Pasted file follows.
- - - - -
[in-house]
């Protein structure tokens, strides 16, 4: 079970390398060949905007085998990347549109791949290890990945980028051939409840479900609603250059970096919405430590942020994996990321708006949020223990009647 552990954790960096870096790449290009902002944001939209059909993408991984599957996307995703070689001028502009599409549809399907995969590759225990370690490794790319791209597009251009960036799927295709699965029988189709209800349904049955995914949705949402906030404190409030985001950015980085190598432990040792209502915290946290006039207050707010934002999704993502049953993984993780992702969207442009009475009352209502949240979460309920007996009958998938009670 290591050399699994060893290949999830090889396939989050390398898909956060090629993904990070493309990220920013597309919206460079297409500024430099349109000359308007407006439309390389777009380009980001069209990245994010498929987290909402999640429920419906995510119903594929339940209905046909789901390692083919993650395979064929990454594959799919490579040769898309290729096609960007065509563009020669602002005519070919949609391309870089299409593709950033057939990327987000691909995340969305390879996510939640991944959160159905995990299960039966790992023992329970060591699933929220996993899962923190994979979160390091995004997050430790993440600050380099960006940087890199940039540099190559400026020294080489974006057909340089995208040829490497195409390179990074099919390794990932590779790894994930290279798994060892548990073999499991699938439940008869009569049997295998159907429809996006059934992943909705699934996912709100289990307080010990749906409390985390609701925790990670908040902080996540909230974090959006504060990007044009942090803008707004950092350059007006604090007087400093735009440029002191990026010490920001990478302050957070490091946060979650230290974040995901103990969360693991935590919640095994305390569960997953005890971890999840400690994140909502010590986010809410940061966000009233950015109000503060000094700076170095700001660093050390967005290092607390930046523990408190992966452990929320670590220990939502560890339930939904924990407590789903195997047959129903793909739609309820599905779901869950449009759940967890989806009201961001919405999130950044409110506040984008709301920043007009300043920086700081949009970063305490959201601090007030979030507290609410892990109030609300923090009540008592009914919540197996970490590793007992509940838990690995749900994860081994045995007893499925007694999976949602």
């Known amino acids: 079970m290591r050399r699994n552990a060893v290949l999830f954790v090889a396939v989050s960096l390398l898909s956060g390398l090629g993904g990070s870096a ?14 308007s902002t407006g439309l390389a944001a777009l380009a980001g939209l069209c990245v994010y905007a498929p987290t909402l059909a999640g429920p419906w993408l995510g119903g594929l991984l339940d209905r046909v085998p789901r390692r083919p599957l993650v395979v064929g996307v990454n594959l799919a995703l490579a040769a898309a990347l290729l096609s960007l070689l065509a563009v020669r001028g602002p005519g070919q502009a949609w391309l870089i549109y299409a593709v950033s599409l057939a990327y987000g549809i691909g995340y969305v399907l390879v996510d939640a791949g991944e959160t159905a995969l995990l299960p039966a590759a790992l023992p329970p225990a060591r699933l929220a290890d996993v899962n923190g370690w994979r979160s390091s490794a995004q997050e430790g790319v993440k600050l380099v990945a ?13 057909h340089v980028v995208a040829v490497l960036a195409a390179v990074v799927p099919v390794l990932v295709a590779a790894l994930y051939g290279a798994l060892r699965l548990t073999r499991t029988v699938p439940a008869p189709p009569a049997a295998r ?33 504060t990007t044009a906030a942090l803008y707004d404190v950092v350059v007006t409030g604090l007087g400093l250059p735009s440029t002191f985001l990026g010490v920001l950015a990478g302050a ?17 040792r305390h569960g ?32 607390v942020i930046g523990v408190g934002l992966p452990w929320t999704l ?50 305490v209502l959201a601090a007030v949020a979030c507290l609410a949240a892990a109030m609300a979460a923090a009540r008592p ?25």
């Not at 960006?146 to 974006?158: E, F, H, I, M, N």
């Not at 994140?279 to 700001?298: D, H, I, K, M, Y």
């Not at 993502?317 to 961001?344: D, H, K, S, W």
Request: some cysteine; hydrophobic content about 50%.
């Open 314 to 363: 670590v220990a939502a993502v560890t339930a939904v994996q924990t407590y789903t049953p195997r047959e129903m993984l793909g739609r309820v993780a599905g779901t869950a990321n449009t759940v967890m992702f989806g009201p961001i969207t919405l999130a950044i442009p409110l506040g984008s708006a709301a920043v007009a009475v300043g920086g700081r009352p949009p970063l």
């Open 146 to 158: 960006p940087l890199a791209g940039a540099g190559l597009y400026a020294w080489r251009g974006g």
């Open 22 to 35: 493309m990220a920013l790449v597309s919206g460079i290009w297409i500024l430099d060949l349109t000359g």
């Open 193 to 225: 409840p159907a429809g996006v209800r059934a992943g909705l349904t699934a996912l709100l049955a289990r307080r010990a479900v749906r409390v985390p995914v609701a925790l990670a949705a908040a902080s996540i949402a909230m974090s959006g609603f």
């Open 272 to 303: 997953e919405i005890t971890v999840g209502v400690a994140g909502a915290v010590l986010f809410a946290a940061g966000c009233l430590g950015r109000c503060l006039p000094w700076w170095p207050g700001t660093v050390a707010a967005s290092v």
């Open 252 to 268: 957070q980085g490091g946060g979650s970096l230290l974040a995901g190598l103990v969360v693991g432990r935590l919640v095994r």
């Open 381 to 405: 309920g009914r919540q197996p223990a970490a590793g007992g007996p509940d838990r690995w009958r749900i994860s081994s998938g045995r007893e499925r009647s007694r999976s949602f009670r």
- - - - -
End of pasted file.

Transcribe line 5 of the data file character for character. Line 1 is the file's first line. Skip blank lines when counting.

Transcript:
């Not at 994140?279 to 700001?298: D, H, I, K, M, Y």